Commenting on the Jury announcement, Manhad Narula of DSC Limited, said, “We are delighted to have such a highly acclaimed international jury panel for the DSC Prize 2015. They bring in a rich and varied understanding of South Asian writing, and I eagerly look forward to their selection for the longlist, the shortlist and the final winner. The number of entries for the DSC Prize and the spread of authors writing about this region has grown over the years which would make the jury’s task more interesting and challenging. I am confident that the eventual winner chosen by the jury will be a true reflection of the very best of South Asian writing as it has been over the years.”
The DSC Prize for South Asian Literature prides itself on a thorough and transparent judging process and is modeled on global best practices. The 5 member jury panel, which is selected by the Steering Committee basis the recommendations received from the Advisory Committee, is solely responsible to decide and arrive at the longlist, the shortlist and the ultimate winner without any external influence and their adjudication is final.
The DSC Prize for South Asian Literature has previously been won by Cyrus Mistry for his book ‘Chronicle of a Corpse Bearer’, by HM Naqvi for Home Boy, by Shehan Karunatilaka for Chinaman: The Legend of Pradeep Mathew and by Jeet Thayil for Narcopolis. Each of these winners has gone on to be published internationally to reach out to a larger global audience, which has been one of the central visions of the DSC Prize.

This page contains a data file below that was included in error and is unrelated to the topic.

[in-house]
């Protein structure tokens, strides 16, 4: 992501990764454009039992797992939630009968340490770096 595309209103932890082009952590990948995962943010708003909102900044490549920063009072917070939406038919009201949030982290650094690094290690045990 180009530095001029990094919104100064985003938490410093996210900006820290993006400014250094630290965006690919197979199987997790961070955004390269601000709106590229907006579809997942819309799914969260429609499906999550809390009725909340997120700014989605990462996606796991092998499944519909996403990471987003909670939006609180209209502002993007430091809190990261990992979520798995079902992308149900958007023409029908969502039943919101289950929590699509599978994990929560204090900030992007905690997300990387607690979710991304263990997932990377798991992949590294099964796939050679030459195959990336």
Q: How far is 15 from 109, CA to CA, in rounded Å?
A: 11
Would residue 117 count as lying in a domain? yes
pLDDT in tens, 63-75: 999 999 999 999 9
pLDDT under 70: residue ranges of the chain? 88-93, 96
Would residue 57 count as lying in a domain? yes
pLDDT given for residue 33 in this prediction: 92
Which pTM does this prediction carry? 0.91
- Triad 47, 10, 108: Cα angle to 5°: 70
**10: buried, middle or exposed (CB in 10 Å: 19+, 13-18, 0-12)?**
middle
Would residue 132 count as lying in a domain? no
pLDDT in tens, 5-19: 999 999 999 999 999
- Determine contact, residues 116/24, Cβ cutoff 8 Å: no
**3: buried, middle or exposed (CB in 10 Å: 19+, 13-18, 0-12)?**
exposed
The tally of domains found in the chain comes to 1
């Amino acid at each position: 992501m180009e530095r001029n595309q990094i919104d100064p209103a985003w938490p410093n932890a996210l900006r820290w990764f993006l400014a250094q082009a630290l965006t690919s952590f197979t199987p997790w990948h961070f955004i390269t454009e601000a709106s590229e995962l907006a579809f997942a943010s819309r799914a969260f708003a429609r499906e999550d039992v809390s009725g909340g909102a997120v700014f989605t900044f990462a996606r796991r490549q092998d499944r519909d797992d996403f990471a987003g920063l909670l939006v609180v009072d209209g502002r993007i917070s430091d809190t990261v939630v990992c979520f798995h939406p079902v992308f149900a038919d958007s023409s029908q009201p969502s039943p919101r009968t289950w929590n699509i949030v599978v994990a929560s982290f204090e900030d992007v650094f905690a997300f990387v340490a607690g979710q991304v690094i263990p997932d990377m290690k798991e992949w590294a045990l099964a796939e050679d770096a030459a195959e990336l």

For more information, please contact:
|DSC Prize Steering Committee||Genesis Burson-Marsteller|
|Deepa Kumar||Farheen Khan|
About the DSC Prize for South Asian Literature
The US $50,000 DSC Prize for South Asian Literature which was instituted in 2010, is one of the most prestigious international literary awards specifically focused on South Asian writing. It is a unique and coveted prize and is open to authors of any ethnicity or nationality as long as the writing is about South Asia and its people. It also encourages writing in regional languages and translations and the prize money is equally shared between the author and the translator in case a translated entry wins.
Now in its 5th year, the DSC Prize has been successful in bringing South Asian writing to a larger global audience through a celebration of the achievements of the authors writing about this region, and thereby raise awareness of South Asian literature and culture around the world. The DSC Prize is committed to extend the conversation on South Asian writing and reaches out to various audiences through exciting & creative partnerships with the London School of Economics, the Frankfurt Book Fair, the Jaipur Literature festival, the Ubud Writers & Readers Festival, the Goethe Institute and the University of Delhi amongst others.
The last four years have had winners from three different countries in South Asia – HM Naqvi from Pakistan (Homeboy Harper Collins, India), Shehan Karunatilaka from Sri Lanka (Chinaman, Random House, India), Jeet Thayil from India (Narcopolis, Faber & Faber, London) and Cyrus Mistry from India (Chronicle of a Corpse Bearer, Aleph India). Each of these winners has gone on to be published internationally and their work has reached a larger global audience which has been one of the central visions of the DSC Prize.